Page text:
Transamerica (2005) uses the road trip genre to spotlight the numerous challenges transgender people face, not the least of which is the bureucracy they must wade through in order to receive sexual reassignment surgery.
And though Bree is portrayed by a cisfemale actor (Felicity Huffman), the character Bree is fully developed and three-dimensional without ever being reduced to a punchline.
David Rose — Schitt’s Creek
David’s (Dan Levy) sexuality is never an issue in the entire CBC series. The comedy regarding his relationships is approached in the same way as that of his sister Alexis (Annie Murphy), a lot of which emerges from any sexually active adult living in close quarters with their parents and siblings.
In one storyline, besties David and Stevie (Emily Hampshire) discover that they’re both dating the same guy, Jake (Steve Lund). David and Stevie argue over which one of them has to dump Jake, but eventually they both do when Jake suggests they all become a “throuple.”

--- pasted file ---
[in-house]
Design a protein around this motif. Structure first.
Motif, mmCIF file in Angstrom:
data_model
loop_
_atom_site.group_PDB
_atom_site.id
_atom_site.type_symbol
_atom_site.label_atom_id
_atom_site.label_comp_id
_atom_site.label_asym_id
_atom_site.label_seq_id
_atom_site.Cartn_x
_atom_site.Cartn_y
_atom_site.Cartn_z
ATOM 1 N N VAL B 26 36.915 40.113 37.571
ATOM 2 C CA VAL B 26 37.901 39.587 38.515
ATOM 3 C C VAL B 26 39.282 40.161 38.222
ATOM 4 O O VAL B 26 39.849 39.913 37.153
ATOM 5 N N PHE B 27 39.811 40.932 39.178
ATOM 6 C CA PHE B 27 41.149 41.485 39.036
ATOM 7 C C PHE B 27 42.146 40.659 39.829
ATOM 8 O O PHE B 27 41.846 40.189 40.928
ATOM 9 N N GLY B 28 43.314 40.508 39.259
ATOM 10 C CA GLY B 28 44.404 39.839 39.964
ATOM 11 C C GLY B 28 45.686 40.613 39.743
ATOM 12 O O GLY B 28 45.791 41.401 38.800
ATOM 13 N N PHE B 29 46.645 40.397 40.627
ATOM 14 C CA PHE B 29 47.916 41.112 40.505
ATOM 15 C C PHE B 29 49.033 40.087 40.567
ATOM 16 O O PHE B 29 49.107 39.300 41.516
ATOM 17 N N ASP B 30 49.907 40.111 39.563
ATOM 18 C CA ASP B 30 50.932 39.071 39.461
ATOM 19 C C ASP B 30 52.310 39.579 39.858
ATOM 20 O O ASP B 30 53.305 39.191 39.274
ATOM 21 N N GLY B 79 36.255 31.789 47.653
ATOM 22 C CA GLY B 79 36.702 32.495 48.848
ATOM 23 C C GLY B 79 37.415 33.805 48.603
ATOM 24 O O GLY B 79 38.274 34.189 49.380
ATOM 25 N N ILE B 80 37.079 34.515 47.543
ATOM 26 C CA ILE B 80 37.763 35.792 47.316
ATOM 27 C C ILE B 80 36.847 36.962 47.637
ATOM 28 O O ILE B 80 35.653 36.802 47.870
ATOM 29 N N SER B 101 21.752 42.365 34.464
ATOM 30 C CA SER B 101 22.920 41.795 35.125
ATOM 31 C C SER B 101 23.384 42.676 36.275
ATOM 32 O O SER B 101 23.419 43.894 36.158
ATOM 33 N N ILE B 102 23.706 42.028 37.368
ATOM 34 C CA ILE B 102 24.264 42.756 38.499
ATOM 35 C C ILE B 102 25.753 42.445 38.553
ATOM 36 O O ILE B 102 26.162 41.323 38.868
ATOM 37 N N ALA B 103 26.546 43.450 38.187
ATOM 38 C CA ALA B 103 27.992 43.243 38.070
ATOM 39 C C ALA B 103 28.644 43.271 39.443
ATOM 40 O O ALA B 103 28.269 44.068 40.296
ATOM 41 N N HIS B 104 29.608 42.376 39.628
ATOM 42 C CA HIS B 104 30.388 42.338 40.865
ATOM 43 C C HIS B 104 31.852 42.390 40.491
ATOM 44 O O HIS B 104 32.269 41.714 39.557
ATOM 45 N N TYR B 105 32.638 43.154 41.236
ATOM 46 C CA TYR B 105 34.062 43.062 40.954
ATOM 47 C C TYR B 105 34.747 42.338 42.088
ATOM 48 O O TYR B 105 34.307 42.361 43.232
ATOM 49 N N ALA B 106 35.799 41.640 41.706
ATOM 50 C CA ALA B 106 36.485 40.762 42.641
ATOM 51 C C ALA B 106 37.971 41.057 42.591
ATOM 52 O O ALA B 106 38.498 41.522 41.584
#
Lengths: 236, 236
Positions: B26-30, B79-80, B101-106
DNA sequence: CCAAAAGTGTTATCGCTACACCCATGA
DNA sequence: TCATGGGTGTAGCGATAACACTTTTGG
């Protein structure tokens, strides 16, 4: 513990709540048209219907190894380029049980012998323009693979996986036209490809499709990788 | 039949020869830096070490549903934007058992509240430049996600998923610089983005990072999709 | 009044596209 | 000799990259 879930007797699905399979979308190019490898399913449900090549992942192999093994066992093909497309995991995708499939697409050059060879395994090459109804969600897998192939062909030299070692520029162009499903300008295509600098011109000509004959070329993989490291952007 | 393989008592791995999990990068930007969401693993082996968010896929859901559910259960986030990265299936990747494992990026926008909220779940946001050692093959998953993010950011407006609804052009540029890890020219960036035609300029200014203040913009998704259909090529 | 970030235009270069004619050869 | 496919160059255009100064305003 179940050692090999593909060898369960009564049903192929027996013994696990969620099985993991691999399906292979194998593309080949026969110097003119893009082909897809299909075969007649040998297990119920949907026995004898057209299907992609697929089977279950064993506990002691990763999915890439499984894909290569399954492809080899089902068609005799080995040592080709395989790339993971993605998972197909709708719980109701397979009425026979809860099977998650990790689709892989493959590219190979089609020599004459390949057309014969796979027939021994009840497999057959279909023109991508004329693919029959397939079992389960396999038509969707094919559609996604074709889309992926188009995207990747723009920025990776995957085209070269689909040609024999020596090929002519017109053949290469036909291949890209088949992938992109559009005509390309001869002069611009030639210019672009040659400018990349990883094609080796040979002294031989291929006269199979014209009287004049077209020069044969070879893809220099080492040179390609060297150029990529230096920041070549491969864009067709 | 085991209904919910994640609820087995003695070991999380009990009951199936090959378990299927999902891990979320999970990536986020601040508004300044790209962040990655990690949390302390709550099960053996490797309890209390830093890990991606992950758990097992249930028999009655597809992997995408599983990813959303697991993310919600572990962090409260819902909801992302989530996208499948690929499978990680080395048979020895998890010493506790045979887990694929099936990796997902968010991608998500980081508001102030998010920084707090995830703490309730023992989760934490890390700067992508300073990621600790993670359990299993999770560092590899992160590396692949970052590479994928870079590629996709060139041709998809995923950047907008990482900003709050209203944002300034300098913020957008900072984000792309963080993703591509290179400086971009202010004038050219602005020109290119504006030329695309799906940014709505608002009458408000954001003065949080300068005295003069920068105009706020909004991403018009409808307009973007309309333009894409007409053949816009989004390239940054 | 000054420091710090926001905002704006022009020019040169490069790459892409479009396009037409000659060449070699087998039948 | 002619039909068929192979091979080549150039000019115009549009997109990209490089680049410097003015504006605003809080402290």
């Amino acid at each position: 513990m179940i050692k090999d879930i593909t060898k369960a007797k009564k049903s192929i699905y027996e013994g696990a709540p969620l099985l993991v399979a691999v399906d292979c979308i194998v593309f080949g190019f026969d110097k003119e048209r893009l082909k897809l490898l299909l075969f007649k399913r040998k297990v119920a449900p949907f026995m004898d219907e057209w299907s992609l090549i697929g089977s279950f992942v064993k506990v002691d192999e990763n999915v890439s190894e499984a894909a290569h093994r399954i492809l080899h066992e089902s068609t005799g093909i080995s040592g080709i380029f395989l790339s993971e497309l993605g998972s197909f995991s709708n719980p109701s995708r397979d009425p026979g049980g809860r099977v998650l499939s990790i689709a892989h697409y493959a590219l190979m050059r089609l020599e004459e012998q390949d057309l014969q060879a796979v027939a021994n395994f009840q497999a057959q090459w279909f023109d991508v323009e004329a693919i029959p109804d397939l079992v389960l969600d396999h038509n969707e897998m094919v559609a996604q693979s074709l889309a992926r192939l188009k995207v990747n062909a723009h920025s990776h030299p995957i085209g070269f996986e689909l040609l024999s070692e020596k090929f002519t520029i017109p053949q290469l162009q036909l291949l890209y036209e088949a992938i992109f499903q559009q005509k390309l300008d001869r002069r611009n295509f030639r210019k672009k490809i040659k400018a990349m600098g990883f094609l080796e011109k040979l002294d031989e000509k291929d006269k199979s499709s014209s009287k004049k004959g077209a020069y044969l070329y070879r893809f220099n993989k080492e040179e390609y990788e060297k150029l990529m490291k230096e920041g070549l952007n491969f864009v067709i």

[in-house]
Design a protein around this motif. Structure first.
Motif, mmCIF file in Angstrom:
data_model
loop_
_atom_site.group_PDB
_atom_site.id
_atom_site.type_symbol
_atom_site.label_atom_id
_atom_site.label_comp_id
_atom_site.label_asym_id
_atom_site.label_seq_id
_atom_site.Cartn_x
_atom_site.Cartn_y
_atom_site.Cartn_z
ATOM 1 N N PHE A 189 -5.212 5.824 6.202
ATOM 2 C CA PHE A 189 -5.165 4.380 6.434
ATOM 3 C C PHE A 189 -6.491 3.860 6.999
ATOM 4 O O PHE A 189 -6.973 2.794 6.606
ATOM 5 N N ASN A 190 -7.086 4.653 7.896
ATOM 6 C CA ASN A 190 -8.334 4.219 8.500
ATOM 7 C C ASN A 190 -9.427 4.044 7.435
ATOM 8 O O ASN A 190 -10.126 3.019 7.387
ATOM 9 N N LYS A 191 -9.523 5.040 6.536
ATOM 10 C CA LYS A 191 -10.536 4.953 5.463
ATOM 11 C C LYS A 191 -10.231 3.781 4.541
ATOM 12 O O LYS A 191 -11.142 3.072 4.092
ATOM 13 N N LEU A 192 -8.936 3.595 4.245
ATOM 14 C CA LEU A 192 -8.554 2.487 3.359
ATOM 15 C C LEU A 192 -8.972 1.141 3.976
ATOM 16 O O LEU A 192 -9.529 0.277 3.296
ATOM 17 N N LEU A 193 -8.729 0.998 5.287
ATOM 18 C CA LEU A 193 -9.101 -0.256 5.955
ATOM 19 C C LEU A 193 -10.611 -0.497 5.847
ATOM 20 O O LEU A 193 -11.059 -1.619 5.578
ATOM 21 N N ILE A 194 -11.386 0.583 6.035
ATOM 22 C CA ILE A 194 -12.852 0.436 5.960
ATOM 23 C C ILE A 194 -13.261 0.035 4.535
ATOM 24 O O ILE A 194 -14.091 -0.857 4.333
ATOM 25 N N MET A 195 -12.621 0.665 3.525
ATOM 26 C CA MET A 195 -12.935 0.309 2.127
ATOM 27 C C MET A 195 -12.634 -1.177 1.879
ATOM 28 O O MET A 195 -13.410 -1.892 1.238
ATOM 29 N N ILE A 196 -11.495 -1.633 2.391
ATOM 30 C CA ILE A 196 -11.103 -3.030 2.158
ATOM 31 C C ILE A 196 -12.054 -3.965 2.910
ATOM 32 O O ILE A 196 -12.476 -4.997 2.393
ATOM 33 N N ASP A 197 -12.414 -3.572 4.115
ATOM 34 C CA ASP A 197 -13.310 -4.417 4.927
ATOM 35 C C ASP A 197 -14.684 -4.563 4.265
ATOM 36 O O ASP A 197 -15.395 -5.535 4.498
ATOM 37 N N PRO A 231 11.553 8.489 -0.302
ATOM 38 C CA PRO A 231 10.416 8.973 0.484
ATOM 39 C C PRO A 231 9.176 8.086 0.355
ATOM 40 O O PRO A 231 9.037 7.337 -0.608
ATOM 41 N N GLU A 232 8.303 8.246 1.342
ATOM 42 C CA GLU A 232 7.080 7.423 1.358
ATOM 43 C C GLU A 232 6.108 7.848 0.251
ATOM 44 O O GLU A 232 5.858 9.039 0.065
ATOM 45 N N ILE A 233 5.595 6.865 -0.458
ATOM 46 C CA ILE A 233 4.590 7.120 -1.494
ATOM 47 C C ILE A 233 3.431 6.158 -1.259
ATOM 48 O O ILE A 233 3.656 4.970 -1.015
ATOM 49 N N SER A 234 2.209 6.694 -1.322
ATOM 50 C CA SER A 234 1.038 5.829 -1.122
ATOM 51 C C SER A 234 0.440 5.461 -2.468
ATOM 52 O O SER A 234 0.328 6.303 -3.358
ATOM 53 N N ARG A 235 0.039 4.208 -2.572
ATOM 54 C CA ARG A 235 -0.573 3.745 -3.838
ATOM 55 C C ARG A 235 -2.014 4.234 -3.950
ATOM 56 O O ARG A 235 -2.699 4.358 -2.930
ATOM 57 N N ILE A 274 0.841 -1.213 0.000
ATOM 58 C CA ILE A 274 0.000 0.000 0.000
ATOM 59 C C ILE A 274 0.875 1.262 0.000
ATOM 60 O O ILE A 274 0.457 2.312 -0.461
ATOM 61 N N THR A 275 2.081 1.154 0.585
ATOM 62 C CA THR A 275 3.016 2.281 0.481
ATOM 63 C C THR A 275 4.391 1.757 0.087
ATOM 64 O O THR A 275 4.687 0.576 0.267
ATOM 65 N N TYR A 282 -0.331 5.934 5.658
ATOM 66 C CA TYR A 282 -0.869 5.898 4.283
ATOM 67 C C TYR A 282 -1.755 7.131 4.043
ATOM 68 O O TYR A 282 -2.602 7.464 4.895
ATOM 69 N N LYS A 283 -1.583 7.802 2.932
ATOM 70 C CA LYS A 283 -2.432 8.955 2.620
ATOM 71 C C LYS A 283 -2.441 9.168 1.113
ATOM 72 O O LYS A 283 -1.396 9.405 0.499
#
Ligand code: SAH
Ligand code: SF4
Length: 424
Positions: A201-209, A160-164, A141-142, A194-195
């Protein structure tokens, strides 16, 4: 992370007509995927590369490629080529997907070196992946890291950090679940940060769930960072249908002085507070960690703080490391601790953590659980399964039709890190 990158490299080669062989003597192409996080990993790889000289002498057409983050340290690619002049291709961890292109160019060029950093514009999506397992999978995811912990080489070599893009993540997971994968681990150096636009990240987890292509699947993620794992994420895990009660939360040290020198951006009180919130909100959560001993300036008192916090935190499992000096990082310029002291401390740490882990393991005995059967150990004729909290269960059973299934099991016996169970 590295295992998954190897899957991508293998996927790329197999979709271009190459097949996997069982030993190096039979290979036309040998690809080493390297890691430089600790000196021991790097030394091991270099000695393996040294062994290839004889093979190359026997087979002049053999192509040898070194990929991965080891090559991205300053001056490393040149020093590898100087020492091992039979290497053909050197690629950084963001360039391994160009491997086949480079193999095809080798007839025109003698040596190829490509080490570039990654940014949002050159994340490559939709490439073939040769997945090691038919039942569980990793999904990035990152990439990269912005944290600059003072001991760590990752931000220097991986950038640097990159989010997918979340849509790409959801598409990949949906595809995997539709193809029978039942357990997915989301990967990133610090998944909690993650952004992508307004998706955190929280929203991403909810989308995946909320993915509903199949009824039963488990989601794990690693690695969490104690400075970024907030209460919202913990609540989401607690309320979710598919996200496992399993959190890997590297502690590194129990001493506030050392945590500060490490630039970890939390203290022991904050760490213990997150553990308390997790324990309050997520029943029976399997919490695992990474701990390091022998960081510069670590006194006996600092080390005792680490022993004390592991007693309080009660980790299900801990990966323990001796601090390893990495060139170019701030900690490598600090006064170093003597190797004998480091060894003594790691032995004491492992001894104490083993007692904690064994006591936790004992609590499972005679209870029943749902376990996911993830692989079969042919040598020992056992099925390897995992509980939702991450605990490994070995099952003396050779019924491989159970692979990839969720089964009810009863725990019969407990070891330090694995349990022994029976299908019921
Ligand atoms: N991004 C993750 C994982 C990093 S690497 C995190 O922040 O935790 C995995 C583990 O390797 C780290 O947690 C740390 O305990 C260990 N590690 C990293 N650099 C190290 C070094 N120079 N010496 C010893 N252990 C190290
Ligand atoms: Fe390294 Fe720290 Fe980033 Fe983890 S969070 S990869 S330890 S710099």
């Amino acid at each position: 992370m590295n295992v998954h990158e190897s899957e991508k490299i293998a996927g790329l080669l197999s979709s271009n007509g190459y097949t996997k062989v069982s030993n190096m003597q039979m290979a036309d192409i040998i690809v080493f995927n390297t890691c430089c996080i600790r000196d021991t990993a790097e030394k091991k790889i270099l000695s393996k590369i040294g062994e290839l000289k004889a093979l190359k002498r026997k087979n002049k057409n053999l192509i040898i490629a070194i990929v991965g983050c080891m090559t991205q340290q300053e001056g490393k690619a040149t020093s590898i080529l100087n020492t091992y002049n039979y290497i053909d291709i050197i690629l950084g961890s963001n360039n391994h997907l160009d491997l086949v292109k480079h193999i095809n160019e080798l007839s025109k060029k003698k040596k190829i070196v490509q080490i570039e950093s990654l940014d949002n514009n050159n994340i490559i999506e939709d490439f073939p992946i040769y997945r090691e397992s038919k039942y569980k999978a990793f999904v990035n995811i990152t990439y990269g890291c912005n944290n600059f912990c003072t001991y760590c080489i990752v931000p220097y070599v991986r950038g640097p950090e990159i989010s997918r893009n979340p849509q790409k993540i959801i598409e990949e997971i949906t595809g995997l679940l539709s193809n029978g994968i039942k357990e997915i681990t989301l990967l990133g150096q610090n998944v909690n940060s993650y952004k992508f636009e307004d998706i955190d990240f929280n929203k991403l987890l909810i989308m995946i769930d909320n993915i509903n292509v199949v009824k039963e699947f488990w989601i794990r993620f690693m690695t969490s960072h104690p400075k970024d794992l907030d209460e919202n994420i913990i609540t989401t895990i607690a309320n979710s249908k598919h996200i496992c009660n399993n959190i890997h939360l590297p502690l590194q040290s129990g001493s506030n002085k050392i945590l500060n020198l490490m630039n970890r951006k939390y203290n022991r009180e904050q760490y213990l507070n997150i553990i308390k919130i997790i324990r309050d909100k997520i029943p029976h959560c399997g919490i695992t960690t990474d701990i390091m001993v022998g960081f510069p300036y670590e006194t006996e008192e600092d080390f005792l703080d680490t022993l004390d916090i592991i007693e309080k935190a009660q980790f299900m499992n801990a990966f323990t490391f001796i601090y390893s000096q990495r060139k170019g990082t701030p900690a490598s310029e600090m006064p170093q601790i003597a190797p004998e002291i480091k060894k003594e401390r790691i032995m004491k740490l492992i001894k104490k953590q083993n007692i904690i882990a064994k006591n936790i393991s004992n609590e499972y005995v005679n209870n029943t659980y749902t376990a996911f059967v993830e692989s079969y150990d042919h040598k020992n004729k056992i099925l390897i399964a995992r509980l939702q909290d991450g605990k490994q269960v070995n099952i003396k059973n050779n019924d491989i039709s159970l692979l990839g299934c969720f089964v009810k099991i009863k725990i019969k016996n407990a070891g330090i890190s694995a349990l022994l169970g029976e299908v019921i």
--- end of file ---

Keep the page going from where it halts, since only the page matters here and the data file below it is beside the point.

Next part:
David ultimately finds true happiness with business partner and later husband Patrick (Noah Reid). Again, David’s character arc is directly connected to showrunner Dan Levy being Queer himself.
Practice Queer Theory
Think about what we’ve learned
It’s important to understand that demographics are rapidly changing. People understand and are more accepting of every stripe of human being than ever before, and inclusivity matters.
This opens up incalculable opportunities for new stories to be told and new characters to be revealed. And with the flood of new distribution points like Disney+, AppleTV, etc. the demand for content is higher than it has ever been.
Telling Queer stories in a realistic way is a natural progression of cinema, but it requires experience of and connection to the Queer community. That means hiring Queer writers to reveal those stories, Queer directors to bring those stories to life, and Queer actors to represent the real people whose stories are being told.